Changing keys 

Sal Gentile combines jazz licks with restaurant manager duties

It's an old joke among musicians: If you want to starve, play blues. If you want to starve to death, play jazz.

Sal Gentile is a live jazz guitarist. Armed with his trusty Gibson Super 400 guitar, he's not the kind who plays lightweight instrumentals or contemporary R&B that masquerade as jazz. Gentile is a player with a well-schooled approach to improvisation and an understanding of jazz music in its historical context.

Gentile plays frequently in the north and northwest suburbs of Atlanta. He has weekly gigs Wednesday at Comeaux's Louisiana Grill & Bar in Alpharetta, Thursday at My Cousin Vinny's in Marietta, and a Sunday brunch show at Mittie's Tea Room in Roswell.

So why is this man managing a restaurant?

Gentile, 57, a lifelong musician, also has taken on the role of manager at Comeaux's.

"I jazzed myself right out of work," Gentile says. "I got so involved in the jazz thing, I don't want to go backward [musically] ... It's a funny thing about jazz -- once you get involved with it there's no turning back. You hear all these wonderful chord changes and then other songs seem trite."

However, Gentile explains, at a time when his passion for jazz guitar is unabated -- he says he has "a better concept of guitar" than at any point in his life -- he's finding it harder than ever to chase down enough gigs to support his six-string habit. Thus, though he's not starving to death, Gentile is forced to work both inside and outside of the music business.

Actually, Gentile is no stranger to nonmusical employment. A New York native, he moved to Atlanta in 1985 from New Orleans, where he played music full time. Once in Atlanta, though, Gentile found himself doing what it took to pay the bills, which included selling insurance and securities and working as a supervisor of a janitorial crew.

He landed a steady musical gig at Comeaux's in November 1996, and with the additional income from teaching guitar, Gentile was able to make a living in recent years solely as a guitarist.

It's a vocation that began at age 13, when he heard a friend playing and was hooked. Gentile ran a paper route and mopped floors in a deli to help pay the $3 it cost for each of his lessons. Meanwhile, he was learning jazz and pop standards such as "Misty," "Girl from Impanema" and "Fly Me to the Moon."

By the time he was 17, Gentile was gigging regularly, setting a dubious record at Bayside High School in Queens for Monday morning tardiness, thanks to a weekly Sunday booking. He also played a week at the famed Apollo Theatre. As the only white person in the building, he recalls fondly that he was accepted by fellow performers and the audience. He also remembers, however, showing up for his first gig in an austere black jacket, tie and white shirt and feeling decidedly unhip to the fashion of the moment. The next night, he arrived in green pants, an orange shirt and purple sweater and "fit right in," he recalls with a smile.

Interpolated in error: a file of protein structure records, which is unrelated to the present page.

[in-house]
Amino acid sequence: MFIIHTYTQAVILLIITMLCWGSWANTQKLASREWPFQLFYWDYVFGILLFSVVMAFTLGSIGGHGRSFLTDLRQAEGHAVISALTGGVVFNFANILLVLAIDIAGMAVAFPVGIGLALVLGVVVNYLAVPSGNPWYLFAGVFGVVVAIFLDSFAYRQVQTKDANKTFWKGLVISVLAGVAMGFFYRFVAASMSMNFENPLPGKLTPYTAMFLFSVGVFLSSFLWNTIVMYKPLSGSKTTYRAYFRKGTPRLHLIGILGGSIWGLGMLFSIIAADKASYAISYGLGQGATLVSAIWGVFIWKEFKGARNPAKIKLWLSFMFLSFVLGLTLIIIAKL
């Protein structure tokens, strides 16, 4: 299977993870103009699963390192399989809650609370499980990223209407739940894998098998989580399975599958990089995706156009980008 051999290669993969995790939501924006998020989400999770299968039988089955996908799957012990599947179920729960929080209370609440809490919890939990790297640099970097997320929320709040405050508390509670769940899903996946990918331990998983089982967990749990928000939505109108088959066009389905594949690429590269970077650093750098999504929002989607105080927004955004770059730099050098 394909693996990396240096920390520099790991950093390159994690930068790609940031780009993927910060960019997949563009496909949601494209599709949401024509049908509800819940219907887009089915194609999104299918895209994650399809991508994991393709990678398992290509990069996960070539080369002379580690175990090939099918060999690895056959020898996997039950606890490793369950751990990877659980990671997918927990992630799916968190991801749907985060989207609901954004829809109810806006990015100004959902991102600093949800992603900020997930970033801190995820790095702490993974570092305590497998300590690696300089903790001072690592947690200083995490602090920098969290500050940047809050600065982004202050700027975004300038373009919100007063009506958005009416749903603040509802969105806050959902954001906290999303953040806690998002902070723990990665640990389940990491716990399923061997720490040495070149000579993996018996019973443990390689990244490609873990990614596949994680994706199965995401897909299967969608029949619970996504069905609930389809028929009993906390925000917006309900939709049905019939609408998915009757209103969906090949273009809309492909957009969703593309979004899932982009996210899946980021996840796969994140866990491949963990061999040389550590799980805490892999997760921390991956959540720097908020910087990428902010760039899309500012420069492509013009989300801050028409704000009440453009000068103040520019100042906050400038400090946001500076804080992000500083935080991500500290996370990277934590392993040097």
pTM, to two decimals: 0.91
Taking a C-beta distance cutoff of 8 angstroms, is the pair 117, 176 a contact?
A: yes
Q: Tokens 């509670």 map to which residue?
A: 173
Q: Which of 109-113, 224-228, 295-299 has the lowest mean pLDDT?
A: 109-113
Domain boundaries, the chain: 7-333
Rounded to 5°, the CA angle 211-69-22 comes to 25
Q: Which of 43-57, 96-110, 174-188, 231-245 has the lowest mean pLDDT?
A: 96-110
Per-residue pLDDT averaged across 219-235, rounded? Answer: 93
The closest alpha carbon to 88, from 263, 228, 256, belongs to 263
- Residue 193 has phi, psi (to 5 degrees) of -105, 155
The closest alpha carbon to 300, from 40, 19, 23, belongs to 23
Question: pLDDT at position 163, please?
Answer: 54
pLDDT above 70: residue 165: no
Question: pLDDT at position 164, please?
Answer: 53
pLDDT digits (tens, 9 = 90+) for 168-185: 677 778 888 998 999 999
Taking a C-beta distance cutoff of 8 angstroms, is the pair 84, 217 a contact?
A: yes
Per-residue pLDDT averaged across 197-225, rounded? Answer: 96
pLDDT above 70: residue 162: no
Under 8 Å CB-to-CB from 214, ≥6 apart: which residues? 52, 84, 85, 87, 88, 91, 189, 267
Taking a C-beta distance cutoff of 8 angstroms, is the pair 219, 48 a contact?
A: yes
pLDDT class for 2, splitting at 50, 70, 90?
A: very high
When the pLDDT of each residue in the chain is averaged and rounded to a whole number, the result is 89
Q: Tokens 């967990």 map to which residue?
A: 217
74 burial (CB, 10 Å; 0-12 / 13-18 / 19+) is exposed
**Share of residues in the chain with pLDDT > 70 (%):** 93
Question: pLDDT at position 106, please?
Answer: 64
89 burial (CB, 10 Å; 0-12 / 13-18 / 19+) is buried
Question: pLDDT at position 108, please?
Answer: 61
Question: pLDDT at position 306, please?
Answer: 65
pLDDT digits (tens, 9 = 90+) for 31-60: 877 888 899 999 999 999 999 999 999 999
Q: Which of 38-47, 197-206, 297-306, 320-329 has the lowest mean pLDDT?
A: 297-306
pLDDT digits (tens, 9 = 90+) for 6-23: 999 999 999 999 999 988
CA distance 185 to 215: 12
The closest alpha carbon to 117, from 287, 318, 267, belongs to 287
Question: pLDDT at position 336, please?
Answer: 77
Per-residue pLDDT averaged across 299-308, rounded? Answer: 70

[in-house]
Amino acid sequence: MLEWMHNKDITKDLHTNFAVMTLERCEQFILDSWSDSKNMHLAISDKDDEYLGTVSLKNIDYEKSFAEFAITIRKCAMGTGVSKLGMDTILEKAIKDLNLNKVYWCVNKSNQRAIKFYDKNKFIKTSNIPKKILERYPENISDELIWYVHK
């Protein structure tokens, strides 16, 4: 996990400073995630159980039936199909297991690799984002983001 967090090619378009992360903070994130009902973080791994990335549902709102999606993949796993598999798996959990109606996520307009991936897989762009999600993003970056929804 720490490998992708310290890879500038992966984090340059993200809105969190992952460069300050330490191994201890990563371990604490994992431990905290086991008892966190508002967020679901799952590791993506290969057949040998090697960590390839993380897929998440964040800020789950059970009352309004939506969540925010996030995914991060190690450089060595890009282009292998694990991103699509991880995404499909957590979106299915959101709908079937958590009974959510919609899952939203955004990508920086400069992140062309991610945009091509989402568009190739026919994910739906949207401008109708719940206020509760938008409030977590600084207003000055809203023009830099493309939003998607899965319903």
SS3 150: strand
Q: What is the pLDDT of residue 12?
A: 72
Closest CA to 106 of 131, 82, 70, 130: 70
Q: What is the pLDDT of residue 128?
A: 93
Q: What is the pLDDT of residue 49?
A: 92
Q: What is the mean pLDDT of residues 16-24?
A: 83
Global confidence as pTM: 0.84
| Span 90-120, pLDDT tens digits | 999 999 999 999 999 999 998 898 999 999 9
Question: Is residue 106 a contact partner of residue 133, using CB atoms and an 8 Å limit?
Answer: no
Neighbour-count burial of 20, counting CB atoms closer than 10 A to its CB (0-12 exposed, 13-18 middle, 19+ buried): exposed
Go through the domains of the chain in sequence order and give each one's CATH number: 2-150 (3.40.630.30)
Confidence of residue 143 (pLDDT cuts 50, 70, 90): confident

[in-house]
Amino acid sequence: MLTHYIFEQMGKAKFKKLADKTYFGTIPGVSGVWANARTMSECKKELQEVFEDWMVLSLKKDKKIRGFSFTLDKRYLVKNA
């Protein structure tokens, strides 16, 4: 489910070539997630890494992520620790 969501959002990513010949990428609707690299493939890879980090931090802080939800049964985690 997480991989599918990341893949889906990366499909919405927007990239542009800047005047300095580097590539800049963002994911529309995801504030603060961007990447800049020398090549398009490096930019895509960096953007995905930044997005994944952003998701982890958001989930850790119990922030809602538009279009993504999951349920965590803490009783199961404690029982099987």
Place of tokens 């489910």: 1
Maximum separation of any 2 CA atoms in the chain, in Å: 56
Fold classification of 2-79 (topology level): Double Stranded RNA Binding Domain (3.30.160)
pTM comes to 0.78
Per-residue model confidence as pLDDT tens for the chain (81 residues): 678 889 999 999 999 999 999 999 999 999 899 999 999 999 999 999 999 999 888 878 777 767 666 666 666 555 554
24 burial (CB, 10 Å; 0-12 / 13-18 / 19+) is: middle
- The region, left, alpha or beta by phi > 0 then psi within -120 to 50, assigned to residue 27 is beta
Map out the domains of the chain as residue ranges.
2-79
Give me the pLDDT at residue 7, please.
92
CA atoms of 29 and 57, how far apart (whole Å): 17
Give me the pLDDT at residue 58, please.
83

Gentile also played with Johnny Maestro and the Crests (of Sixteen Candles fame), Michael Anthony and others. It was in his early 30s, while living in New Orleans, that Gentile decided to get serious about jazz guitar.

"I told myself that if I was going to stay in the business, I'd have to become a more legitimate musician," Gentile recalls. That led him more intensely into jazz and a deepening appreciation not only for such guitarists as Wes Montgomery, but also for saxophonists Charlie Parker, Sonny Rollins and John Coltrane.

At this point, Gentile may not know what professional direction awaits him. He doesn't even know if he'll be able to keep playing all of his current gigs. But clearly, he's not ready to hang up his instrument.

"Many musicians play until they die. They don't retire. I hope I can do that, too," Gentile says. "I just feel guilty because I'm not able to practice as much as I did. I don't have the same chops, so I'm making more use of what I have."

Sal Gentile performs Wednesdays at Comeaux's Louisiana Grill & Bar in Alpharetta (770-442-2524), Thursdays at My Cousin Vinny's in Marietta (770-423-0391) and Sundays, for brunch, at Mittie's Tea Room in Roswell (770-594-8822).

This column is a weekly feature covering music outside the Perimeter. E-mail or mail "outside" music news to Bryan Powell, 830 Josh Lane, Lawrenceville, GA 30045.


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